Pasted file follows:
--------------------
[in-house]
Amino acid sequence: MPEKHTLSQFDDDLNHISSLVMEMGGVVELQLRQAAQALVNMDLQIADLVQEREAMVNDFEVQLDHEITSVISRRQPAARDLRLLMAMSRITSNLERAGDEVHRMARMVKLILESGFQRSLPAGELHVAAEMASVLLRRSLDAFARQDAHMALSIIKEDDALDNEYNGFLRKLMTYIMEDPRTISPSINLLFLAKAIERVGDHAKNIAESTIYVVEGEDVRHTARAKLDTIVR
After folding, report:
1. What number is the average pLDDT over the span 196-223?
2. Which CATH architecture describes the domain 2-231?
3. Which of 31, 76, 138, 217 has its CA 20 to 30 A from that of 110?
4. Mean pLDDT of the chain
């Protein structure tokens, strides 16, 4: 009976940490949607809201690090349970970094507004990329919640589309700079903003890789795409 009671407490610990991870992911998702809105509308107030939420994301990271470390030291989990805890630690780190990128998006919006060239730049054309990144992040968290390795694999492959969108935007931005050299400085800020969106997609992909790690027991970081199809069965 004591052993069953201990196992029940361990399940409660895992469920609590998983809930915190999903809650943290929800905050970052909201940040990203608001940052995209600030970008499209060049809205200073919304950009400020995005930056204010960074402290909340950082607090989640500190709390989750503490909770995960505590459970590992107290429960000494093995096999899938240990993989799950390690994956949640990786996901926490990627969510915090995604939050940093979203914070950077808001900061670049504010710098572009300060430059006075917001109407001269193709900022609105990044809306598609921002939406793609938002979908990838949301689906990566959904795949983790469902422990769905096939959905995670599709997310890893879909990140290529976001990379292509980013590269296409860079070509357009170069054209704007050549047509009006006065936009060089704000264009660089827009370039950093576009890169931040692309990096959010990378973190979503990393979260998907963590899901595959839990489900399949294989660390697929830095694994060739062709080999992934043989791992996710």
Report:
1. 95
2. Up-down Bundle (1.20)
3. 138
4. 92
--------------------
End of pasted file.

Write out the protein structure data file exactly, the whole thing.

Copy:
[in-house]
Amino acid sequence: MPEKHTLSQFDDDLNHISSLVMEMGGVVELQLRQAAQALVNMDLQIADLVQEREAMVNDFEVQLDHEITSVISRRQPAARDLRLLMAMSRITSNLERAGDEVHRMARMVKLILESGFQRSLPAGELHVAAEMASVLLRRSLDAFARQDAHMALSIIKEDDALDNEYNGFLRKLMTYIMEDPRTISPSINLLFLAKAIERVGDHAKNIAESTIYVVEGEDVRHTARAKLDTIVR
After folding, report:
1. What number is the average pLDDT over the span 196-223?
2. Which CATH architecture describes the domain 2-231?
3. Which of 31, 76, 138, 217 has its CA 20 to 30 A from that of 110?
4. Mean pLDDT of the chain
């Protein structure tokens, strides 16, 4: 009976940490949607809201690090349970970094507004990329919640589309700079903003890789795409 009671407490610990991870992911998702809105509308107030939420994301990271470390030291989990805890630690780190990128998006919006060239730049054309990144992040968290390795694999492959969108935007931005050299400085800020969106997609992909790690027991970081199809069965 004591052993069953201990196992029940361990399940409660895992469920609590998983809930915190999903809650943290929800905050970052909201940040990203608001940052995209600030970008499209060049809205200073919304950009400020995005930056204010960074402290909340950082607090989640500190709390989750503490909770995960505590459970590992107290429960000494093995096999899938240990993989799950390690994956949640990786996901926490990627969510915090995604939050940093979203914070950077808001900061670049504010710098572009300060430059006075917001109407001269193709900022609105990044809306598609921002939406793609938002979908990838949301689906990566959904795949983790469902422990769905096939959905995670599709997310890893879909990140290529976001990379292509980013590269296409860079070509357009170069054209704007050549047509009006006065936009060089704000264009660089827009370039950093576009890169931040692309990096959010990378973190979503990393979260998907963590899901595959839990489900399949294989660390697929830095694994060739062709080999992934043989791992996710």
Report:
1. 95
2. Up-down Bundle (1.20)
3. 138
4. 92